Killing Them Softly (2012)

 Director: Andrew Dominik.

Starring: Brad Pitt, Scoot McNairy, Ben Mendelsohn, James Gandolfini, Richard Jenkins, Vincent Curatola, Ray Liotta.

Run Time: 97 minutes.

Rating: 18.

Killing Them Softly is an unpredictable and somewhat unconventional crime thriller/inescapably funny black comedy, whichever way you look at it. Brad Pitt stars as a Mob enforcer Jackie Cogan, called in to crack skulls when Scoot McNairy and Ben Medelsohn knock over Ray Liotta’s card game. From the off, with the nauseating title cards alternated with excerpts of Barack Obama’s ‘08 campaign speech, you know you’re in for something a little bit different from the usual Hollywood fare. Lawless this aint. This is cynical and minimal film making at its very gritty best. And if I had to use one word to describe Killing Them Softly, cynical would be it.

Using the ’08 Presidential election as a backdrop to the film is a masterstroke, mirroring the world of the gangsters. Like America at that time, and what we saw follow, Jackie and his associates live in a world built on gambling and mismanagement, epitomised by Richard Jenkins’ character. He is Jackie’s Mob contact, hilariously relaying messages from the new corporate style committee, always trying to drive down prices and either hesitating or being unclear on the correct course of action. Alternately Frankie (McNairy) and Russell (Mendelsohn) act through meagre desperation and are guided by a deprived greed. In this world, The American Dream is non-existent, and very few of the characters realise it.

Poor guys ©AllMoviePhoto

The film itself is an adaptation of the 1974 novel Cogan’s Trade, by George V Higgins, which also used a recession and a lack of corporate accountability to frame the story, making it very relevant in terms of updating, which Dominik does incredibly well. It’s reflected in the sparse, almost frugal filming style and the moments of uncomfortable violence throughout, which reflect the image of a brutal and lean modern America. Dominik is famed for his uncompromising approach to film making, which is prevalent here. you can see some of the flourishes from his past works, but also couldn’t imagine such an outcome from another director working on a fairly big release, and this is refreshing to see. This is the film I wanted Lawless to be, so the world isn’t all bad.

I think that, direction aside, the film really stands out due to an amazing cast and script. Rarely does a director put so much trust in a script, and the actors tasked with performing it. Little is said, but it is said with conviction. It is also funny as hell, with most of the best lines saved for James Gandolfini’s washed up second shooter New York Mickey, a past his prime liability, grunting sinister threats behind a sweaty smile, and heaving through the tail end of a midlife crisis on screen.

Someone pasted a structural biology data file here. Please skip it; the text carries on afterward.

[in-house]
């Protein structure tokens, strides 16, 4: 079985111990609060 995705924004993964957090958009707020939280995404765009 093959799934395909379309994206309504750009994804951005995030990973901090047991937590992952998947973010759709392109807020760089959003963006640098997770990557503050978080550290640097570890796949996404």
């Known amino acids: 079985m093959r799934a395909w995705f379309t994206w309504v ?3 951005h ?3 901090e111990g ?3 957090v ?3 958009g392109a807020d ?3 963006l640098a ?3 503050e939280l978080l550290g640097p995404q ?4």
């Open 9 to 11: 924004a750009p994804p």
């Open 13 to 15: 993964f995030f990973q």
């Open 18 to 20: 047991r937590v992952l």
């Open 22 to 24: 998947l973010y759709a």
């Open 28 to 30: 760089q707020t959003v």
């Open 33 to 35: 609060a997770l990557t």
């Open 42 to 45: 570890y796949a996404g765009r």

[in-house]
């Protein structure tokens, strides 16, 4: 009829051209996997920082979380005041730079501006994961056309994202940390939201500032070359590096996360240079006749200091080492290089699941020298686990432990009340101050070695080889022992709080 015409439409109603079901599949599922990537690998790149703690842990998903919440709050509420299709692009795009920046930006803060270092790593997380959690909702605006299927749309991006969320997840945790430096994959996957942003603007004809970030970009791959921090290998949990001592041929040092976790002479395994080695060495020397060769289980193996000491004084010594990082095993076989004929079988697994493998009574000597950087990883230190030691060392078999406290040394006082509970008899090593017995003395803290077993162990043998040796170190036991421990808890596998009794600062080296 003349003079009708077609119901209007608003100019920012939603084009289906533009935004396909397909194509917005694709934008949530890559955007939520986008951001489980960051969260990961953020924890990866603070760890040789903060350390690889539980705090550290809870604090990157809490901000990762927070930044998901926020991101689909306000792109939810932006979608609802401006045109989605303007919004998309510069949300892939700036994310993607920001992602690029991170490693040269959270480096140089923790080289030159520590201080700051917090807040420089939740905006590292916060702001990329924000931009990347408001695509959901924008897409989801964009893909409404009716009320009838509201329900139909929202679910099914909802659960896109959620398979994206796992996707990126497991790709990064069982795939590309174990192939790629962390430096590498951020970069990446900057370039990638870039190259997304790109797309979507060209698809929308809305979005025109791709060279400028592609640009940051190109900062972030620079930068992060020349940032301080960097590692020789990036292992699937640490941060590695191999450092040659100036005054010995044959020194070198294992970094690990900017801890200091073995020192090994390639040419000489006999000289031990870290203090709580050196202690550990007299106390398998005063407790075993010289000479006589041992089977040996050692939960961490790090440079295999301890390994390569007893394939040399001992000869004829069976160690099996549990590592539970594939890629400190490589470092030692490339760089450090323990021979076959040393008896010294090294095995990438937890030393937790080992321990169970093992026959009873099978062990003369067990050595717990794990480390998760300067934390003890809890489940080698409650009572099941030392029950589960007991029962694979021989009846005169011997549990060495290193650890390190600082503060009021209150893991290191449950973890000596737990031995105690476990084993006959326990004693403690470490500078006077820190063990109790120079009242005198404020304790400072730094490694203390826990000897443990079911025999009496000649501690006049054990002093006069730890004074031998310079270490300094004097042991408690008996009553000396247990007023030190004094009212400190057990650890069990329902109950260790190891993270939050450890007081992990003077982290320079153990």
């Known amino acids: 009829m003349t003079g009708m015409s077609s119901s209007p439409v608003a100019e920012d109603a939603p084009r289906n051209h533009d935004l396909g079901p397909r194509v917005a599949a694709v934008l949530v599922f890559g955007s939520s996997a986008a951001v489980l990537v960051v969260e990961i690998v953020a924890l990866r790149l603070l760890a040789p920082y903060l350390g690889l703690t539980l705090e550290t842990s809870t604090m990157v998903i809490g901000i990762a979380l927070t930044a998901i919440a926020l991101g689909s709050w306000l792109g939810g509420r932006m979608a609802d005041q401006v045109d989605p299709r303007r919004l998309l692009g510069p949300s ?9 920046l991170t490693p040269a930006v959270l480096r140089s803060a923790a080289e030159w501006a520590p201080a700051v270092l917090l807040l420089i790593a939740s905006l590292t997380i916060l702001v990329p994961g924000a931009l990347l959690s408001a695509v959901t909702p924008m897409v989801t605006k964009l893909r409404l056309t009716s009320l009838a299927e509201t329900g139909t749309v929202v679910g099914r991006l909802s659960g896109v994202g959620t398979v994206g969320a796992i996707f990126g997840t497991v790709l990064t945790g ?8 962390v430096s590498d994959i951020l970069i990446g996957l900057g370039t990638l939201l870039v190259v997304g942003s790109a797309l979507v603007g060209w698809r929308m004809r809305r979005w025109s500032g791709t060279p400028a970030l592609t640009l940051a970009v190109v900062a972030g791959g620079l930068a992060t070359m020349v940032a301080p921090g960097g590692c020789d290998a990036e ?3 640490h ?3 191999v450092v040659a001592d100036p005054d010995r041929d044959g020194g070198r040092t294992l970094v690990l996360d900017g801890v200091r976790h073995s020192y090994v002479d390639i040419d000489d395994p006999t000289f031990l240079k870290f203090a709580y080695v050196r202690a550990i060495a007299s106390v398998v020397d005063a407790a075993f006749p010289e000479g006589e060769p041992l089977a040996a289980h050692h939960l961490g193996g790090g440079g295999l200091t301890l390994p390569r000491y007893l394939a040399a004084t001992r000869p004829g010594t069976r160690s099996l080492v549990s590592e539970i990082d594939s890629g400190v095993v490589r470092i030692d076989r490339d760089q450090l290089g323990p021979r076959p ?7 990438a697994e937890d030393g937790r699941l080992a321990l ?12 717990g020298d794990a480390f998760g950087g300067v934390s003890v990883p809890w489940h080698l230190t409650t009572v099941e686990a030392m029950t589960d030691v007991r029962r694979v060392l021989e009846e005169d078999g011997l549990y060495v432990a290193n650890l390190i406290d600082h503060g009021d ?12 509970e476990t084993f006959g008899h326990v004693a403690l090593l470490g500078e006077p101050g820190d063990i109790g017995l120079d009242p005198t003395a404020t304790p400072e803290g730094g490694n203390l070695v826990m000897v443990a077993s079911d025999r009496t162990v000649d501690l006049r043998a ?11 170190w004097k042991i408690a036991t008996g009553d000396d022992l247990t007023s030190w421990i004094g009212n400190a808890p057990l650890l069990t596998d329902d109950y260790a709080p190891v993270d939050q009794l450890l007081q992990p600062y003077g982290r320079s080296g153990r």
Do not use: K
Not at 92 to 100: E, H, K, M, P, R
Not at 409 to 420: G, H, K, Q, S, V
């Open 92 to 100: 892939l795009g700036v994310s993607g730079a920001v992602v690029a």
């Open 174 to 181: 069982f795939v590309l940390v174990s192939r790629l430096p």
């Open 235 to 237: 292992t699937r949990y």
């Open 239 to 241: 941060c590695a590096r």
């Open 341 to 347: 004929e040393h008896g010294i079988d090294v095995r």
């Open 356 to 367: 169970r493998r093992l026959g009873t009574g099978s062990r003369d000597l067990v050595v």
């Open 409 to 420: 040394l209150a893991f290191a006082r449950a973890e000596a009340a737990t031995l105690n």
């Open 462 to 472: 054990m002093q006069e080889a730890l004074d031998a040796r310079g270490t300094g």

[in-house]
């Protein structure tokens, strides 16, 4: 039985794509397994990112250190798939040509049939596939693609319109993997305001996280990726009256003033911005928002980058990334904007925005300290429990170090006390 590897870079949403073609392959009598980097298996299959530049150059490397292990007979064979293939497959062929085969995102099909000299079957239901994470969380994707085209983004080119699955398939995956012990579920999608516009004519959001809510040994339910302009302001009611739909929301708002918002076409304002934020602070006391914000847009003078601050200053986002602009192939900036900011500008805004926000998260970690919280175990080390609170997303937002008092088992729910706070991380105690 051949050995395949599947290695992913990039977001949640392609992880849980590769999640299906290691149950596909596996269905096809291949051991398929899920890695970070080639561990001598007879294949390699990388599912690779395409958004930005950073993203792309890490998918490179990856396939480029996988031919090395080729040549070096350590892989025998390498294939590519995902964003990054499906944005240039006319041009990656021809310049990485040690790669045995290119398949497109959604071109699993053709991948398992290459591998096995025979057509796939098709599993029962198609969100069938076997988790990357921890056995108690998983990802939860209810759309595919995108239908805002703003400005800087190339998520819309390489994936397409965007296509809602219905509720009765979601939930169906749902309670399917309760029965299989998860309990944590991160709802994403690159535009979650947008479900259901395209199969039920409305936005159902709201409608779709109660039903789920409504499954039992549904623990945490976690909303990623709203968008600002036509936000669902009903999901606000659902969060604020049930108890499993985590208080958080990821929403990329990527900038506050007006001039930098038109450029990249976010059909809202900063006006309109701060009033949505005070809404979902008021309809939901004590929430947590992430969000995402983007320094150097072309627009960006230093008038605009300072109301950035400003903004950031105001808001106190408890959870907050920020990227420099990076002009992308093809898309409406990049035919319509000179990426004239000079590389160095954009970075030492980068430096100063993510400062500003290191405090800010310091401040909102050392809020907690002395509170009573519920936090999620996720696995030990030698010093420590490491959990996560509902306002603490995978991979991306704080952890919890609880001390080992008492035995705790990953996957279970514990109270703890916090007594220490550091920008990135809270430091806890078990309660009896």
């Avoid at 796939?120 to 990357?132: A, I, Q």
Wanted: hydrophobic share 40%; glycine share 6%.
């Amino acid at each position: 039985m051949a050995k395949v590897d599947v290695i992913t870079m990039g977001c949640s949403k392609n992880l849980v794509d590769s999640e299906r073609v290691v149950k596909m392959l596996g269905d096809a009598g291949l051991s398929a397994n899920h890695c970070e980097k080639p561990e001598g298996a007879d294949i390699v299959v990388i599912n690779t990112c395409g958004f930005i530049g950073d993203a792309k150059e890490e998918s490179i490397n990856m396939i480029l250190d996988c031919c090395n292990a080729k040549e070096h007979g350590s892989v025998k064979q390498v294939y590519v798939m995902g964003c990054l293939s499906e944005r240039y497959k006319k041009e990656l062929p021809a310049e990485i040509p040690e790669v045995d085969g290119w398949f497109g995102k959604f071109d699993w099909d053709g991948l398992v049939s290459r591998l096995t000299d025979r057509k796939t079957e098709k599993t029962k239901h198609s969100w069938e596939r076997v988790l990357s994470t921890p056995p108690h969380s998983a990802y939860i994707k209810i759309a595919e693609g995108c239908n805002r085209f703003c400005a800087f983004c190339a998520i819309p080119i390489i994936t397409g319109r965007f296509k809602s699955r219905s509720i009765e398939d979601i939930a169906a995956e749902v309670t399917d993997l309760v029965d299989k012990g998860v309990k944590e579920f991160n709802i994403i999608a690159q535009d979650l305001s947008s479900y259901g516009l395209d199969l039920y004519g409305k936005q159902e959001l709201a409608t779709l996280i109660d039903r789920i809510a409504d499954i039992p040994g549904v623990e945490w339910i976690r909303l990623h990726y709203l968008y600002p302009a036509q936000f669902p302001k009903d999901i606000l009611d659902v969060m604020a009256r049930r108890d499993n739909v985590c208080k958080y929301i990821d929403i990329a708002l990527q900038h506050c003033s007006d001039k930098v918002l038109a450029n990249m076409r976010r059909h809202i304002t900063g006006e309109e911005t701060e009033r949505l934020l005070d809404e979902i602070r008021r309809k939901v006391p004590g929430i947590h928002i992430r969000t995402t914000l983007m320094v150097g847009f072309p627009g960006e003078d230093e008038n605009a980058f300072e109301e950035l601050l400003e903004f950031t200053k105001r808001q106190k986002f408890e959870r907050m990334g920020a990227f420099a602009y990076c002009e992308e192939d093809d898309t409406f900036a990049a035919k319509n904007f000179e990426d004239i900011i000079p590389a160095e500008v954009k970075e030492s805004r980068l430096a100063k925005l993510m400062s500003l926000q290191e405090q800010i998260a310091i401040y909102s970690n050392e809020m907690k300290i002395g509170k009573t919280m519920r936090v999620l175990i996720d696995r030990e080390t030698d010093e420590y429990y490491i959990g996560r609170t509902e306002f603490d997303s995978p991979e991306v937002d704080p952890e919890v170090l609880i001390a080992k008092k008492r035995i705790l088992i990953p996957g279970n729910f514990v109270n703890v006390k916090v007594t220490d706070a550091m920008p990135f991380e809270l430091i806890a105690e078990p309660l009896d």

This man will eat all of your chips and make you pay for them ©AllMoviePhoto

The two inept hold up artists (holder-uppers?), Frankie and Russell (played nasally and desperate by McNairy, and sleazily nasty by Mendelsohn) are the worst kind of gutter rats. While I did feel somewhat sorry for Frankie, you just knew it was never going to end well for them as soon as Jackie got involved, and Jackie is undoubtedly the star of the show.

Personally, I think Bradley Pitts is a fantastic actor, and dispels any hype around his involvement in films by simply turning in fantastic performances. He also brings major star quality to appease studios, which always helps. Much like George Clooney, as a wee scamp I never say the appeal of him, seeing only his impossibly strong jaw (Dredd worthy?) and eyes you could melt into. And the hair!

Still would ©InstinctMagazine

But I digress.

Brad Pitt can act, and more often than not, he picks challenging films or roles rather than the easiest option, and that’s fucking commendable when you see some of the slop getting churned out by Hollywood. In Killing Them Softly, he brings a world weary and cynical cool last seen in Fight Club (1999), and it’ Jackie’s cynical view of America that we see. He commands the screen and solves the problems in the film with minimal fuss. He’s always in control, where others most certainly are not. It feels like the older Pitt gets, the more absorbing his performances become (much like in Andrew Domink’s last film The Assassination of Jesse James by the Coward Robert Ford).

This man will have a hushed debate with ten other men for an hour to decide if he wants to eat your chips and make you pay for them ©LondonFilmFanatiq

Each character plays off those around him brilliantly, creating a powerful and affecting piece of cinema, played hard and cold. This is pessimistic film making at its very best, and expertly handled by all involved. So if you want something a little bit different to watch this week, something a little more cerebral, but a hell of a lot more rewarding, this may be the film for you. I would even go as far as saying this is a contender for my film of the year, but there is still a way to go for that to be decided (hopefully, 2012 hasn’t been a vintage year in my eyes). Andrew Dominik is a director who does films his own way, and on the back of Killing Them Softly, he should be allowed to continue to do so.

Score: 8 out of 10.

If you liked this, check out: No Country for Old Men, Things to do in Denver When You’re Dead, Chopper, Animal Kingdom, Drive.

No trailer this week, as it pretty much tells the whole story of the film. Avoid if you can, but luckily the film is so fantastic that this didn’t even ruin it for me. But yeah, be safe when watching trailers.

Published by Mark Brassington

Father and Husband. Works in Corporate Banking. Loves Books, Comics, Cycling, Music, Games, going to the Gym and Writing.

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